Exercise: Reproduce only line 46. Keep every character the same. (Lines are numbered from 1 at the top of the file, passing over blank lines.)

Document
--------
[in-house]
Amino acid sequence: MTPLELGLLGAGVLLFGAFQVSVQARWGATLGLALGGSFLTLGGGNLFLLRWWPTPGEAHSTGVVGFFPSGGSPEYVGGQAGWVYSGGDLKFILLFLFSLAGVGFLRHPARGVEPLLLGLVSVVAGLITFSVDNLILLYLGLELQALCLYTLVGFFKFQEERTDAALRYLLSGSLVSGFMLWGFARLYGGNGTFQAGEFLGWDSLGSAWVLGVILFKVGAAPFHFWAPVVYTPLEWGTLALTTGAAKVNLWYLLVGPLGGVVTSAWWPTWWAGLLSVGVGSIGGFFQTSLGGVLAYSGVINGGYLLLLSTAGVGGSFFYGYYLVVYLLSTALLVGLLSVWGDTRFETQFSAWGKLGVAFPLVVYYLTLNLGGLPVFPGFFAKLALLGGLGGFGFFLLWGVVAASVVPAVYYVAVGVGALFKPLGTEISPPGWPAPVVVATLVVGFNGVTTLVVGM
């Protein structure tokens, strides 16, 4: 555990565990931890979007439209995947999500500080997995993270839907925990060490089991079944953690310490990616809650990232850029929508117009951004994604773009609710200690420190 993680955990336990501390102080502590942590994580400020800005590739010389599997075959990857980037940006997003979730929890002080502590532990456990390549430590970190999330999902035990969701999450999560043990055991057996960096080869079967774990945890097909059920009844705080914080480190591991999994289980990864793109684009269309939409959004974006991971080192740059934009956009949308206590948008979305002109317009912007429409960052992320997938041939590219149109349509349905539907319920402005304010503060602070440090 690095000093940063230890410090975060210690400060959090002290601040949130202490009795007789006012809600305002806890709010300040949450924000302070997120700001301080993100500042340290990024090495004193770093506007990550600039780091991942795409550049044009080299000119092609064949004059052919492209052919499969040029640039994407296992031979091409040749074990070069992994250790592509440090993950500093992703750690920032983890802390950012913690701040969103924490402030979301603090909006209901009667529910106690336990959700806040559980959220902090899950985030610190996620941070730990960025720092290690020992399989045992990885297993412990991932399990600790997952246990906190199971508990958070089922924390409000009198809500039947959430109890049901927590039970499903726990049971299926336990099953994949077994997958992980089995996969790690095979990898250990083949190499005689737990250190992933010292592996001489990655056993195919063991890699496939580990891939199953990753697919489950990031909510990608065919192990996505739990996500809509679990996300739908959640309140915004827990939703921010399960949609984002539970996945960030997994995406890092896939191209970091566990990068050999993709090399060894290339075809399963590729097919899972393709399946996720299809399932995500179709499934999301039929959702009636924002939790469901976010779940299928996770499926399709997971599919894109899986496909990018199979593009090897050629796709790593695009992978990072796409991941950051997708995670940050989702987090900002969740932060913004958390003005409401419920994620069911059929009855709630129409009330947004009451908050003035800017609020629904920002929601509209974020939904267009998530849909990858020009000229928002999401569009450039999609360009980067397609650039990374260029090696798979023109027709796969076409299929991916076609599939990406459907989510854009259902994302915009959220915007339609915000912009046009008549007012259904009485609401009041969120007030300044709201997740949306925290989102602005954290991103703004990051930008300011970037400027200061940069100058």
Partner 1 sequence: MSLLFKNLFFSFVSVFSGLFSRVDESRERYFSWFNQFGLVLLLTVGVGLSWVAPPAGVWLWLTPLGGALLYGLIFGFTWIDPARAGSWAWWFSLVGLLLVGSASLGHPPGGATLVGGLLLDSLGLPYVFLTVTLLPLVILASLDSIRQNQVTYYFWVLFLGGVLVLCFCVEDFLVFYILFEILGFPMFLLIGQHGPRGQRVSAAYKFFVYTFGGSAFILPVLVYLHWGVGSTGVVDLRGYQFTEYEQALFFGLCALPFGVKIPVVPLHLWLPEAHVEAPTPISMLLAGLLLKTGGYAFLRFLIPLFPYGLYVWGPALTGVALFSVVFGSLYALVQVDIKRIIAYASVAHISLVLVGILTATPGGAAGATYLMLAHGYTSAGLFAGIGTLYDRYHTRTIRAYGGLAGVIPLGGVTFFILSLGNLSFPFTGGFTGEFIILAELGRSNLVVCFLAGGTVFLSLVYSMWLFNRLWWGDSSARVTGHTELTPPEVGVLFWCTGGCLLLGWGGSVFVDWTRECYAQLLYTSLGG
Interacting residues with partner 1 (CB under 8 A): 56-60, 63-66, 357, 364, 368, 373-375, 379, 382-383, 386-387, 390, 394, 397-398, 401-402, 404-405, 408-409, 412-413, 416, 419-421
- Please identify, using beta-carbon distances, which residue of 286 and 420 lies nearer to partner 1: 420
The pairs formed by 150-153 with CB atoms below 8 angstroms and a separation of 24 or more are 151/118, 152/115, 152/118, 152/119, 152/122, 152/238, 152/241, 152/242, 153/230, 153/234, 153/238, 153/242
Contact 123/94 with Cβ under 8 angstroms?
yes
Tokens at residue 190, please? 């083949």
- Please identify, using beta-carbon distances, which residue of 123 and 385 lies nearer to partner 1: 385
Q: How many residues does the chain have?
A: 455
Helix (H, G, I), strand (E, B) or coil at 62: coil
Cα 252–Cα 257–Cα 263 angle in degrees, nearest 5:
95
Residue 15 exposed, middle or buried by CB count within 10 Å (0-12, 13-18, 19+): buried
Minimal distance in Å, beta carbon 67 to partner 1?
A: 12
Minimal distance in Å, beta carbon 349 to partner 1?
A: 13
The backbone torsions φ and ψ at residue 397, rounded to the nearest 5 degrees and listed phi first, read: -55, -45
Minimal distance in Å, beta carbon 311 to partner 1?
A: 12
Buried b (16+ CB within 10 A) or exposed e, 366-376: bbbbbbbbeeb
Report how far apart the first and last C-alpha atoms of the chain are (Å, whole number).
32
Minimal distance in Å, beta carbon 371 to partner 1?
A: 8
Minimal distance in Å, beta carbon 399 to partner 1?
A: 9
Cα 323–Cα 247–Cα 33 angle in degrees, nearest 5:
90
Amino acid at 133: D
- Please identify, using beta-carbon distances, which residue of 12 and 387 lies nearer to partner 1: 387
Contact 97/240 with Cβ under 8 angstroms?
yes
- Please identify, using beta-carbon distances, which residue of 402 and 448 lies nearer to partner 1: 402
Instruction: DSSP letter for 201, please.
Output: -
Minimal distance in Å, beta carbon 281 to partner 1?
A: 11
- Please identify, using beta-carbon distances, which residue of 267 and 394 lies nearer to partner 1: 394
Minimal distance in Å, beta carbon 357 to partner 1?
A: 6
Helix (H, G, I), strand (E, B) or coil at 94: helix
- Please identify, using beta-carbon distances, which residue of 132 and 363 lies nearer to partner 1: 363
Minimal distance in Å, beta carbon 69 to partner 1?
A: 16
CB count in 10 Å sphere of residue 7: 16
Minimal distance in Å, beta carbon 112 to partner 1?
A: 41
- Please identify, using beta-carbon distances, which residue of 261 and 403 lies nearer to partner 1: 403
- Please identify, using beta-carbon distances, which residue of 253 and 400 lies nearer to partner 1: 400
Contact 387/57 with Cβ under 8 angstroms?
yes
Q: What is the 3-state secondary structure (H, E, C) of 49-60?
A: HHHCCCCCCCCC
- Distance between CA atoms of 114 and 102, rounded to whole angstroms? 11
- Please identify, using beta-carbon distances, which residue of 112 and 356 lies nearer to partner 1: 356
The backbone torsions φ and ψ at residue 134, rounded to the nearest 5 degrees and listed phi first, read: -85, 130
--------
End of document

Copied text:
Helix (H, G, I), strand (E, B) or coil at 94: helix